Oxygen - the key factor
The Proterozoic, the period in the earth’s history between 2500 and 570 million years ago, began where the Archaic period ended. The development of a continental crust eventually led to the formation of mountains. First, sand and clay sediments were formed. Later, iron sediments were formed on a vast scale due to the rise of living organisms. More sea plants led to extra oxygen being produced, increasing the percentage of oxygen in the atmosphere.
Erosion changes the surface
The atmosphere’s changes had their consequences on weathering processes, such as erosion and sedimentation. Weathering is the breaking down of rock due to atmospheric phenomena and vegetation. Erosion is the process by which loose rocks are transported by water, ice or wind and deposited somewhere new. The composition of the atmosphere influenced the development of the planet. From 3.8 billion years ago, only unicellular organisms were alive. 2.3 billion years ago, organisms with a cell nucleus (karyon) that could not survive without oxygen joined them.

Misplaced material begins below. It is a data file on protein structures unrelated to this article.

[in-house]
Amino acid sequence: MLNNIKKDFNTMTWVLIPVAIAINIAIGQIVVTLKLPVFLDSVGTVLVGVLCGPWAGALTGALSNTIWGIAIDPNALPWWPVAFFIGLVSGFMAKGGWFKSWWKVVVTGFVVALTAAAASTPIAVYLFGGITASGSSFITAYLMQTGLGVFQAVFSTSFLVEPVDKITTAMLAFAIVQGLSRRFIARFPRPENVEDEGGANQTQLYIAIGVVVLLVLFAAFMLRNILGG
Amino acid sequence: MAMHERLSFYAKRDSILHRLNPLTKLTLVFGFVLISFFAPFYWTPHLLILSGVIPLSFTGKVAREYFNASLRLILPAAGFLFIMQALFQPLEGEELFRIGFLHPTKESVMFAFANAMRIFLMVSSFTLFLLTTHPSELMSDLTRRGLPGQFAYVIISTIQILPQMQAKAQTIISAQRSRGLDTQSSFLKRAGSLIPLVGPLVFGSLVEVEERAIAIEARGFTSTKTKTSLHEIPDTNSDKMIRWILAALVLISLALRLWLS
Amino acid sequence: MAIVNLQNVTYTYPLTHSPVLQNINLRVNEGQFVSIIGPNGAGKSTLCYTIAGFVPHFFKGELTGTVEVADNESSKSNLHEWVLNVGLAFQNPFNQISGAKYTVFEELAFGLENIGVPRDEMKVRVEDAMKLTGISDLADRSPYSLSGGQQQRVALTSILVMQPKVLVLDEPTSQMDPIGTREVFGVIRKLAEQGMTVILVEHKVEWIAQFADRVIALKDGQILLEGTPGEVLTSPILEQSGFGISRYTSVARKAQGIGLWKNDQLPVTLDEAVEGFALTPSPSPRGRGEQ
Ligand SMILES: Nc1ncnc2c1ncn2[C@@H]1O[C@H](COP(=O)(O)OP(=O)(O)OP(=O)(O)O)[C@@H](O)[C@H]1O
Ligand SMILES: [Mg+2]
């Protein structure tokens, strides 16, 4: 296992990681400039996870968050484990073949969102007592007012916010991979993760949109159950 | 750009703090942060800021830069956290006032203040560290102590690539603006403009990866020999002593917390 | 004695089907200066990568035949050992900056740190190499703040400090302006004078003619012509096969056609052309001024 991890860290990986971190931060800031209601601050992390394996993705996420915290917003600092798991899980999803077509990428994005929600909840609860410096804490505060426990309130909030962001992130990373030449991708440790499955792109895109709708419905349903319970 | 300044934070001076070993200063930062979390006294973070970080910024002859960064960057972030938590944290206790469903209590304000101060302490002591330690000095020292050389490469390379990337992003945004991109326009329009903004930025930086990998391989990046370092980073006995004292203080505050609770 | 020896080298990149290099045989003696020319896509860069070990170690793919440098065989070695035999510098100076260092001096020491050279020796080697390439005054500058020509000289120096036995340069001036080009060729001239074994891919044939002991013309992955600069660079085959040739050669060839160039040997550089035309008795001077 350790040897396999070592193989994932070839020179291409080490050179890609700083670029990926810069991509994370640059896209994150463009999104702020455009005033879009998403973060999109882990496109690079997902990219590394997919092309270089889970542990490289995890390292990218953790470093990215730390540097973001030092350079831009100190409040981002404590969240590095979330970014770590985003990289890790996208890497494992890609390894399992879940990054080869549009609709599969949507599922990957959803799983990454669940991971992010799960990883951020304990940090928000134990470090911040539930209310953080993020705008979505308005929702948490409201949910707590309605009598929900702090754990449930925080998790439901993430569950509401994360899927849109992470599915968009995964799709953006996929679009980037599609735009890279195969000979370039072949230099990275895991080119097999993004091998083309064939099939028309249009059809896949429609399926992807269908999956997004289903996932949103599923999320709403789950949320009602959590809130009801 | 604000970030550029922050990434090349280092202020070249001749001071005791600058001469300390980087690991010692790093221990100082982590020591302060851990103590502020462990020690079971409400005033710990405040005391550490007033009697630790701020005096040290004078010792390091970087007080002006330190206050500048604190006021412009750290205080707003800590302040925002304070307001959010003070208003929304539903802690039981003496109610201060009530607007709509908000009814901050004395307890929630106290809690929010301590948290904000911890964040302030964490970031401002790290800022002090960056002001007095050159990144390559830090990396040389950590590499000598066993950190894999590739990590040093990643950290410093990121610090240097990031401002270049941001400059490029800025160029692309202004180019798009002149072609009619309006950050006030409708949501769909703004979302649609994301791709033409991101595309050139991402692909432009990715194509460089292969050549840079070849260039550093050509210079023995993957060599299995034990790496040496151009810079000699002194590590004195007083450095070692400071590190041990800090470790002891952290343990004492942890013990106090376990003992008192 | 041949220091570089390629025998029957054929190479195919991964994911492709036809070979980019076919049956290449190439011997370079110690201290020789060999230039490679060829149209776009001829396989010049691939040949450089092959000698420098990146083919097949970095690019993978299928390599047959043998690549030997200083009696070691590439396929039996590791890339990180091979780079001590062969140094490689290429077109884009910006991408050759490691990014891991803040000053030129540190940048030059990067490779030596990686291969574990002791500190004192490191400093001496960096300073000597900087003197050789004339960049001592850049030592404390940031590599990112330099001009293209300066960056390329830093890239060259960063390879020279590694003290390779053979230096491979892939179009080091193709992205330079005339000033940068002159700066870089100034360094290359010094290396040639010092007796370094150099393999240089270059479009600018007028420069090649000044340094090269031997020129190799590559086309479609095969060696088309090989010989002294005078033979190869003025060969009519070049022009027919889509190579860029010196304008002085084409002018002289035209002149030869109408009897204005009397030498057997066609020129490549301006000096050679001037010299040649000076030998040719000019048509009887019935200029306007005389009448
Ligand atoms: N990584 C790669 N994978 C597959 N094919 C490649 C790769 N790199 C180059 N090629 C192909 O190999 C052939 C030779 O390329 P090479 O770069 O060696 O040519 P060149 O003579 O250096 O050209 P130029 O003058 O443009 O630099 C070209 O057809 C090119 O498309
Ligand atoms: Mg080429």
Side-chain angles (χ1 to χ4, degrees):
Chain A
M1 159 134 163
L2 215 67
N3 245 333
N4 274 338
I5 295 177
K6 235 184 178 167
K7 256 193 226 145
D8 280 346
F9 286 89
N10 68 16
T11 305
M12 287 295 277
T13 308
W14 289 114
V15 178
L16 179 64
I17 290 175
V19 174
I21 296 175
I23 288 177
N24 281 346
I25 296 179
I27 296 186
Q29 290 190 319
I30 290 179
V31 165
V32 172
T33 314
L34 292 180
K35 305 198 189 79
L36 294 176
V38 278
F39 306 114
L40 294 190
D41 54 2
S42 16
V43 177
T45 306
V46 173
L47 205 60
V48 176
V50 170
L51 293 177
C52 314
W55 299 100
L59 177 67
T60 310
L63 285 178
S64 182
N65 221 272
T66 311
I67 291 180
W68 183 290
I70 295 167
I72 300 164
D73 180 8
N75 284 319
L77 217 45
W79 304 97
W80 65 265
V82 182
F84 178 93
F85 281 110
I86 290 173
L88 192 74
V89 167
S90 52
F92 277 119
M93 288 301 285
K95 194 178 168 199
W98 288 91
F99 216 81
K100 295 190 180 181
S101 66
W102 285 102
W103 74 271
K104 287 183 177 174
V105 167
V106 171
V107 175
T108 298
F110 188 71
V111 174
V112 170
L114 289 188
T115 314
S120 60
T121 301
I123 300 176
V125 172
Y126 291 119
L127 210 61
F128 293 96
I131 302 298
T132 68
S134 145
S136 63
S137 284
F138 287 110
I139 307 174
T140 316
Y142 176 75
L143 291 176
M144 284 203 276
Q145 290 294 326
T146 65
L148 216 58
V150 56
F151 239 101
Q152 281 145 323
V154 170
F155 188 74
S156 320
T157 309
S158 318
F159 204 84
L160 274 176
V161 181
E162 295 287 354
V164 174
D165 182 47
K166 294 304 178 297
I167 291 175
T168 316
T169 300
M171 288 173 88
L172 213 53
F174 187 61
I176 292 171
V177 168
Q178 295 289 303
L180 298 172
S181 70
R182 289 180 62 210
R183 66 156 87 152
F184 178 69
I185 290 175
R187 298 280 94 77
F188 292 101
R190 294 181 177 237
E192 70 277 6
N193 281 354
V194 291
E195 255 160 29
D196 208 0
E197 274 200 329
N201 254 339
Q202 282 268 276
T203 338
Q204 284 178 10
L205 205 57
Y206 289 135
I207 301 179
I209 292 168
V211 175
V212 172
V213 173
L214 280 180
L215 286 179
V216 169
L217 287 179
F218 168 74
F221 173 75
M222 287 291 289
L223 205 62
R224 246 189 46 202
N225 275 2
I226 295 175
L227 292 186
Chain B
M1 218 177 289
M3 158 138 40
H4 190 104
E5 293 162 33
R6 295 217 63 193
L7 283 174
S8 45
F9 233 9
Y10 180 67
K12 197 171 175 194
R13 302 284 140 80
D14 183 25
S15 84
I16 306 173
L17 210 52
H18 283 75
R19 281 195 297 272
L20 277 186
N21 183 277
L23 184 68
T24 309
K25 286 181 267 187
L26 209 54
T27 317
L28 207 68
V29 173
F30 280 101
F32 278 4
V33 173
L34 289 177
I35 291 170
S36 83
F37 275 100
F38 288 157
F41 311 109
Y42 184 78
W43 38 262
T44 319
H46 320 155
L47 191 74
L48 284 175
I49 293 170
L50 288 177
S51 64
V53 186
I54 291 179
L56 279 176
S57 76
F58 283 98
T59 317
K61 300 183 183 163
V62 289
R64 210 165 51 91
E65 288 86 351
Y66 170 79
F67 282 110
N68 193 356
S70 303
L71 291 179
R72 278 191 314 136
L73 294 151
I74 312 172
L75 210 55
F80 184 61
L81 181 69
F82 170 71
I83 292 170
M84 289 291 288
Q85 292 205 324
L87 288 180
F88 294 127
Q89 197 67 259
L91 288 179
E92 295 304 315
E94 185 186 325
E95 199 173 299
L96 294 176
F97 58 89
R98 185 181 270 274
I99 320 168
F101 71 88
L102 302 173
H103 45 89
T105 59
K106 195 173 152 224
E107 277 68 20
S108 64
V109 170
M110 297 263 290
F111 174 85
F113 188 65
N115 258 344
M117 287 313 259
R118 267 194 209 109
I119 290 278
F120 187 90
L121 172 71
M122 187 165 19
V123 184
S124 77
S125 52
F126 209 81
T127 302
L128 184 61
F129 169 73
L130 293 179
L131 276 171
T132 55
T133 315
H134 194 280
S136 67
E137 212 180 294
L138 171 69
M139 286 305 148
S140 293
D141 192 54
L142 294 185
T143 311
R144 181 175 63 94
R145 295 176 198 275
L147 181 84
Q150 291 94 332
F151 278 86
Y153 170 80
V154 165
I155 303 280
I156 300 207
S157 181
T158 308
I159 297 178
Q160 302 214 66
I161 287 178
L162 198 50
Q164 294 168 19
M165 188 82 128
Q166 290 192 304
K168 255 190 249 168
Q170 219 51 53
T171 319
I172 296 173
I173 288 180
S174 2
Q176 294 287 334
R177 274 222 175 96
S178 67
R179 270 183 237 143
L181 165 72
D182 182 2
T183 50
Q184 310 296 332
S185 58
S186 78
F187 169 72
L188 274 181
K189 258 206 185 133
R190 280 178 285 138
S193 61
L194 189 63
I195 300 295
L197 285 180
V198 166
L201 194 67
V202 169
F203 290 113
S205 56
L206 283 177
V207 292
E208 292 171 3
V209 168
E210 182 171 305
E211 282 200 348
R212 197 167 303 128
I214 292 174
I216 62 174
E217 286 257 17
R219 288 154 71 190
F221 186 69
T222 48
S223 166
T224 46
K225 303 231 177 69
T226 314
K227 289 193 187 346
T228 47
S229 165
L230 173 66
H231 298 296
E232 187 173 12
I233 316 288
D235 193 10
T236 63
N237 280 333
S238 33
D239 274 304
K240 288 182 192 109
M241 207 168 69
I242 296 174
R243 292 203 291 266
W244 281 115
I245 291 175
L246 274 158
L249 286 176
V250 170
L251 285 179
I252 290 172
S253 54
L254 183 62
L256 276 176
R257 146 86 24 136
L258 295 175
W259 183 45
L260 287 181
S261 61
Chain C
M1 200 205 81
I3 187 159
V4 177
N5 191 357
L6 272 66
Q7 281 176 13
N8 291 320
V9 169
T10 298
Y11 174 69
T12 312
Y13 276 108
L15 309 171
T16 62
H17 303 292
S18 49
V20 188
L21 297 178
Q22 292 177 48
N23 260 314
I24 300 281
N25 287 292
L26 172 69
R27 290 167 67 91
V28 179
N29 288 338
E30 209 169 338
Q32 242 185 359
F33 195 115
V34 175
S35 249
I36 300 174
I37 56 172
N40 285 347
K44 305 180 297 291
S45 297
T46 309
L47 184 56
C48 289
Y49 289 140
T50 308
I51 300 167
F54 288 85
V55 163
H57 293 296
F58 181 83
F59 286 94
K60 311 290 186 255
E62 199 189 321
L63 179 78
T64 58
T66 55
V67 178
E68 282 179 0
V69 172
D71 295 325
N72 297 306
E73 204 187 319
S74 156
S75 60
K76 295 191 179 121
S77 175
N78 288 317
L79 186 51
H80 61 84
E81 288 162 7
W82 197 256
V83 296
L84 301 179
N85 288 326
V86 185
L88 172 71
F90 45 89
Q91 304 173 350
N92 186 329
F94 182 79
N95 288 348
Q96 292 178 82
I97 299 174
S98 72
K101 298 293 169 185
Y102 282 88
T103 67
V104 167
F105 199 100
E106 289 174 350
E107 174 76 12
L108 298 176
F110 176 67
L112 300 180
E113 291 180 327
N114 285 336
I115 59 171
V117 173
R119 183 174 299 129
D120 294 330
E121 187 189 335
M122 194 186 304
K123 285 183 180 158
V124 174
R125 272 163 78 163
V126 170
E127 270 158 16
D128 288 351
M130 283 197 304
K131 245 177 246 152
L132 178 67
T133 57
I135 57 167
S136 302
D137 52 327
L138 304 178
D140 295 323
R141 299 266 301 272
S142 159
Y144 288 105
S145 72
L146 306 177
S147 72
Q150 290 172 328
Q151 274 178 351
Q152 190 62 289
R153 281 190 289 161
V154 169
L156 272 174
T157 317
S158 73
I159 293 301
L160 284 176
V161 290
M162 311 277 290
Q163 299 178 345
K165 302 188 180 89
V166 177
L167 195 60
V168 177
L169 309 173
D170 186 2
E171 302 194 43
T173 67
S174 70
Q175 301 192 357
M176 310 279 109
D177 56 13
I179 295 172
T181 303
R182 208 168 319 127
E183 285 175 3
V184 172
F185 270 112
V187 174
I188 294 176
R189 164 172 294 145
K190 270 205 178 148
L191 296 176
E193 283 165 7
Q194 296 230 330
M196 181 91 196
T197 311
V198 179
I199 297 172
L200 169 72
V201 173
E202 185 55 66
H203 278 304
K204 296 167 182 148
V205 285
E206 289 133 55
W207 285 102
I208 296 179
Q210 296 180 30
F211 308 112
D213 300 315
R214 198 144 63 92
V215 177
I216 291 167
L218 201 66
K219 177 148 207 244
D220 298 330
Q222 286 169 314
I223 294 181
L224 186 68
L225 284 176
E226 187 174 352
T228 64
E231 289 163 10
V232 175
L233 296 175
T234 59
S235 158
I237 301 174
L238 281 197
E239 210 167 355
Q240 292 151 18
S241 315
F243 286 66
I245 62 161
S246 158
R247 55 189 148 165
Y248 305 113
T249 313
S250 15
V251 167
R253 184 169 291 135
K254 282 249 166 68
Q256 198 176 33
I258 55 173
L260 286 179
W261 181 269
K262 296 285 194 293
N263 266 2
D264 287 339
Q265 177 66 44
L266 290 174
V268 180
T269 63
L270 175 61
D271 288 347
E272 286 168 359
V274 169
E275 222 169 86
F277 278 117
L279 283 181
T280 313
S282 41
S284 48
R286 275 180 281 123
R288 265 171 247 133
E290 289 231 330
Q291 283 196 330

Variation, selection and transmission
The next step was the rise of multicellular organisms and later of organisms that could breed. The multicellular organisms paved the way for evolution. Evolution is made up of three elements: (1) variation of organisms, (2) selection of the fittest, and (3) transmission of genetic material to the next generation. Nowadays, it is generally accepted that species have developed gradually through Darwinian evolution.